“The anti-hero is a protagonist without conventional heroic attributes like unwavering courage or good morality. While the reason for their actions can be ultimately noble, they’re not always in it for the right reasons.”
The anti-hero journey follows the similar themes of popular heroic storylines, but how they achieve their goals set them apart.
Breaking the Rules
It can be fun to break the rules, but it’s even more fun when you don’t have to face the consequences.
Regardless of what crime, violence, and death are portrayed on screen, the audience is safe. Gangster movies give people the ability to fantasize about a life of dangerous crime without any consequence.
Watching gangsters at war with each other, running from the law, and partaking in illegal activities is a form of escape for audiences. However, these portrayals on-screen initially caused quite a stir in Hollywood.
The films allow the audience to enjoy breaking the rules without breaking any laws.
Unfortunately, these racy films’ popularity set forth a series of strict rules, like the Hays Code, that would limit filmmakers to depict this dark underworld in the same fashion.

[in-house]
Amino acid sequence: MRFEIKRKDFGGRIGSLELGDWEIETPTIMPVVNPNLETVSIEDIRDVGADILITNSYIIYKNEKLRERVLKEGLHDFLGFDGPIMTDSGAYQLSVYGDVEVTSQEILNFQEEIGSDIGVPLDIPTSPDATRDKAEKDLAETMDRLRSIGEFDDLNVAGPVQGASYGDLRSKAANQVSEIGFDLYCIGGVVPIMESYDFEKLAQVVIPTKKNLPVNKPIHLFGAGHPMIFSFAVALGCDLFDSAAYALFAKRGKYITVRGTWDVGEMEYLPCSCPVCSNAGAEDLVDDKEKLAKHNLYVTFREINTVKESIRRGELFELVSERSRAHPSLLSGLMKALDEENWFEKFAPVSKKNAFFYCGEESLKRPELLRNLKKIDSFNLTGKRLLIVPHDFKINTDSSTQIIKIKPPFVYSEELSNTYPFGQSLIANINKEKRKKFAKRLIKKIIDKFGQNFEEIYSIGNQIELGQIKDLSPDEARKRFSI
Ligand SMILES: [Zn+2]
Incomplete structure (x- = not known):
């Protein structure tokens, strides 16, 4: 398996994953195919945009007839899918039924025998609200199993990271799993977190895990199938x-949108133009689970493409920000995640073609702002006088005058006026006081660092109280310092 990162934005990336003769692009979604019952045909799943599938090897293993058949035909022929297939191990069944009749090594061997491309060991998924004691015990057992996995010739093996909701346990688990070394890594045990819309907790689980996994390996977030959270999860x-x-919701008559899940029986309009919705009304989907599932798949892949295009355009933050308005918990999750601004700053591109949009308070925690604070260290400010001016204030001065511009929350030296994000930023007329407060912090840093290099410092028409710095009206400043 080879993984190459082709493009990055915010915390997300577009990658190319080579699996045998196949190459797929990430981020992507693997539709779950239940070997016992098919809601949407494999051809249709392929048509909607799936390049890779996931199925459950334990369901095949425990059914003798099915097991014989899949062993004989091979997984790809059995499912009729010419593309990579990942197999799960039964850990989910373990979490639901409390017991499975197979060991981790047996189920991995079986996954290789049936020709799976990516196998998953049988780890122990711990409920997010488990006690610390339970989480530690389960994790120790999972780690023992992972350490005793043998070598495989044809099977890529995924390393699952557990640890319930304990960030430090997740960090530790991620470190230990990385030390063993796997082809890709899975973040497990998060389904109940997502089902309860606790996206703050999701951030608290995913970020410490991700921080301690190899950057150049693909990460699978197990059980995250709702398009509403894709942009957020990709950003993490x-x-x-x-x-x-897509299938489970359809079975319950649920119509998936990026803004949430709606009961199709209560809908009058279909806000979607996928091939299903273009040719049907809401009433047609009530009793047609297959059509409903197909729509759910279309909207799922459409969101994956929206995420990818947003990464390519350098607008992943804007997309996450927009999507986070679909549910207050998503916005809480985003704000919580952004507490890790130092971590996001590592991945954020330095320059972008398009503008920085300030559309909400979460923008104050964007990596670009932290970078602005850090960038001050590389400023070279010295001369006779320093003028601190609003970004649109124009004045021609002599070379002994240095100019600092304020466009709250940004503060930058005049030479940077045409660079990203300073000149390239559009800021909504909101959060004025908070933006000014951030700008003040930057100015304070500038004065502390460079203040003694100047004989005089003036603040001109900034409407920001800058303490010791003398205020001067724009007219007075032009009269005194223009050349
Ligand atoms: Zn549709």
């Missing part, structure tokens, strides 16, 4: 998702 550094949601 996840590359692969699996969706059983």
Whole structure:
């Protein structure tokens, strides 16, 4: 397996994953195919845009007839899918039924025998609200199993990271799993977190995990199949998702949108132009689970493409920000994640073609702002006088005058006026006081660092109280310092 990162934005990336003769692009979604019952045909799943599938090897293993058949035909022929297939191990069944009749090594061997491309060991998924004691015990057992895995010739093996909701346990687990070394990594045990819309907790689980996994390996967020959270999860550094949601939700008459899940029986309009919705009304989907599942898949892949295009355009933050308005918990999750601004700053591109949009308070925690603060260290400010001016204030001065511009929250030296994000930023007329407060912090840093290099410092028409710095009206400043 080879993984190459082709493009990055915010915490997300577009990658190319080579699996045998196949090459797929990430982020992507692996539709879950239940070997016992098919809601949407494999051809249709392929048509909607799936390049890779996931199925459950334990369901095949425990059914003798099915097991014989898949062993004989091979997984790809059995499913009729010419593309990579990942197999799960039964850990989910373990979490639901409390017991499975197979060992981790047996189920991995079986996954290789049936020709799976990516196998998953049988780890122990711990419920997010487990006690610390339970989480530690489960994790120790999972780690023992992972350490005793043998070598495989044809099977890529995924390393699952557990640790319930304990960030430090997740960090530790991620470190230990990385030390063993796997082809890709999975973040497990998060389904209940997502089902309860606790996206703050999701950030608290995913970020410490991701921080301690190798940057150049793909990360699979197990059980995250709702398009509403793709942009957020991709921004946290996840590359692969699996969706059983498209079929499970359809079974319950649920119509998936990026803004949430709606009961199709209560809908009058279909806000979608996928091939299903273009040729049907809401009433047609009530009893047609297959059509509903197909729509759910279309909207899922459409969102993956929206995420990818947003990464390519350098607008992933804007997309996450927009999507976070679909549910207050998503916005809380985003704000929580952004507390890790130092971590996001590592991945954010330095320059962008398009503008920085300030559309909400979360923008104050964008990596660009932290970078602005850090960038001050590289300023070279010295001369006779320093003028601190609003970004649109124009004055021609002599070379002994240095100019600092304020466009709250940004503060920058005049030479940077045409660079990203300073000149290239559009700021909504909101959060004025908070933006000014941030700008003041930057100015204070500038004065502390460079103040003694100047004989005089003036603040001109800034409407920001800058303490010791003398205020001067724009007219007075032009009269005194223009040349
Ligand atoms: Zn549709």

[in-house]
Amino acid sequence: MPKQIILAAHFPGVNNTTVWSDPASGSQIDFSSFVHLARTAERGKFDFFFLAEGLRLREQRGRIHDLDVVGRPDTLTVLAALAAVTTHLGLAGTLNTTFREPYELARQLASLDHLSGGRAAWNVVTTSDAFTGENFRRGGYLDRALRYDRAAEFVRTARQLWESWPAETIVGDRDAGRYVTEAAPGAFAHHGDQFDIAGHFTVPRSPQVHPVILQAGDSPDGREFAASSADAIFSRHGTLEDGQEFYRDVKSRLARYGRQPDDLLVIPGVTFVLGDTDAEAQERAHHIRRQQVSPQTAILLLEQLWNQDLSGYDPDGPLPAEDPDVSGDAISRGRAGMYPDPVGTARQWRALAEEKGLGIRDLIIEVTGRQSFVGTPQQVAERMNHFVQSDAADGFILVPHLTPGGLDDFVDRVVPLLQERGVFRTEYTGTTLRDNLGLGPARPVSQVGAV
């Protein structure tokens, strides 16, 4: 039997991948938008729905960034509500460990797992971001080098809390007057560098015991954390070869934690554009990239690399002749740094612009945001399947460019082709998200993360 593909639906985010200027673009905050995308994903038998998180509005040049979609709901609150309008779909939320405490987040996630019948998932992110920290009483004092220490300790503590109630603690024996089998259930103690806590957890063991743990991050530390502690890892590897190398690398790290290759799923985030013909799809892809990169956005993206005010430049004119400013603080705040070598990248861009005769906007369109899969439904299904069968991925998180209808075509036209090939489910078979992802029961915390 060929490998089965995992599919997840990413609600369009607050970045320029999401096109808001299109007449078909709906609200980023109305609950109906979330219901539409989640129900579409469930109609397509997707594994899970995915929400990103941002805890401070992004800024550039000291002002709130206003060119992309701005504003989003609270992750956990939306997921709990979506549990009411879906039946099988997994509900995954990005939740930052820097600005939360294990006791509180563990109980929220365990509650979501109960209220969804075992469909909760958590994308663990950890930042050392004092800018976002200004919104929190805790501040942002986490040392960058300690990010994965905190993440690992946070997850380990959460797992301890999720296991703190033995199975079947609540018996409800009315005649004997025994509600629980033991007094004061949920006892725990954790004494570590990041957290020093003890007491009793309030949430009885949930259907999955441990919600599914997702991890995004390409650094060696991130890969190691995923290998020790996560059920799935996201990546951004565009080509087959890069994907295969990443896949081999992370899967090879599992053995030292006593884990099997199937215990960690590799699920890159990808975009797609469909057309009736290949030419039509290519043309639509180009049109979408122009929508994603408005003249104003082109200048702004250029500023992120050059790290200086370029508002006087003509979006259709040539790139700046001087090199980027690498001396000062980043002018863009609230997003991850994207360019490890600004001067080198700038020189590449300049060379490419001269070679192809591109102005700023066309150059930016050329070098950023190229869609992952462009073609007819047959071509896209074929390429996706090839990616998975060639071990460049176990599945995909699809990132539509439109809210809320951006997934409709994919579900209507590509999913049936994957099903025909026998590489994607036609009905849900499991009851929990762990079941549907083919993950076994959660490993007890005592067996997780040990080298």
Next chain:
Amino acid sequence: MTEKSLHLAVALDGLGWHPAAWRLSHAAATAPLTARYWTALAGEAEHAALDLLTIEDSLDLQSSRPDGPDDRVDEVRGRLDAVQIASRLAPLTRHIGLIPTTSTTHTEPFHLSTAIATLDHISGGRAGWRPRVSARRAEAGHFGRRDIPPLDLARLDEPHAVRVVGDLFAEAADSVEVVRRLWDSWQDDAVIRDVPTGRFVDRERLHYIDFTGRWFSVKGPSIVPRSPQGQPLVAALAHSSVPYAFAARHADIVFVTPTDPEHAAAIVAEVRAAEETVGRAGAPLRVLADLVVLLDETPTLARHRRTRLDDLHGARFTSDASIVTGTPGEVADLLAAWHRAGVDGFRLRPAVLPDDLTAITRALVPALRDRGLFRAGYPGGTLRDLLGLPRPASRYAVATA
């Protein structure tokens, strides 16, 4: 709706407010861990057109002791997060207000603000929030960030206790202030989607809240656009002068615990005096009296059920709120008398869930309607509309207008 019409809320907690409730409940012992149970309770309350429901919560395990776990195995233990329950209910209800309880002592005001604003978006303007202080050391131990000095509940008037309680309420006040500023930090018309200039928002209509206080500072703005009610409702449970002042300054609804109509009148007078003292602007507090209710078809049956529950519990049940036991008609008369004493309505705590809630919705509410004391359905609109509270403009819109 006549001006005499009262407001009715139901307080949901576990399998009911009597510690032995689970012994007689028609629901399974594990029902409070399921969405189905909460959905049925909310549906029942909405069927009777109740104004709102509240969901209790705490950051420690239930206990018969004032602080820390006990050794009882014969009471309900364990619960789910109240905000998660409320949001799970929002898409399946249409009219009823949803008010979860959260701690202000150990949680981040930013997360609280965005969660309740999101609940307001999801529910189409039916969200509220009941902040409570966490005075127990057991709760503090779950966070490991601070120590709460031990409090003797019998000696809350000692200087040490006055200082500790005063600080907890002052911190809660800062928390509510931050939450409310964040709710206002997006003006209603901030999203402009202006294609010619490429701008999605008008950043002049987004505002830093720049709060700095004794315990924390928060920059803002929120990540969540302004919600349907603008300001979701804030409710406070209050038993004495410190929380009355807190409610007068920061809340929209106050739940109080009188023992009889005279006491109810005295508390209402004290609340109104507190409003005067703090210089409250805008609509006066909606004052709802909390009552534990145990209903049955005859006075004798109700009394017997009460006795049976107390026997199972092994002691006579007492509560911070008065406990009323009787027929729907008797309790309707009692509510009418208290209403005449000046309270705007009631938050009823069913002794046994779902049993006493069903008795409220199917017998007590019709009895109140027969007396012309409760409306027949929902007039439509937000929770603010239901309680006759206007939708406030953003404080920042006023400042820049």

Gangster films were told from the perspective of the FBI agents or law enforcement. Messages were sprinkled throughout to remind viewers of the dangers of criminal activities like in G Men (1935), also starring James Cagney.
Once the problematic and outdated code was abandoned by Hollywood, the entire game was changed, and gangster film saw its second and most famous rise to prominence.
The Modern Made Man
It can be argued that Francis Ford Coppola’s The Godfather (1972) is the best gangster film of all time, if not one of the most celebrated pieces of cinema, period.
Following the classic gangster films like Little Caesar and The Public Enemy, this film follows the reluctant hero’s rise and hits every theme of the famous gangster film.
Godfather sparked two successful sequels and charged years of popular gangster films rising through the ranks of Hollywood.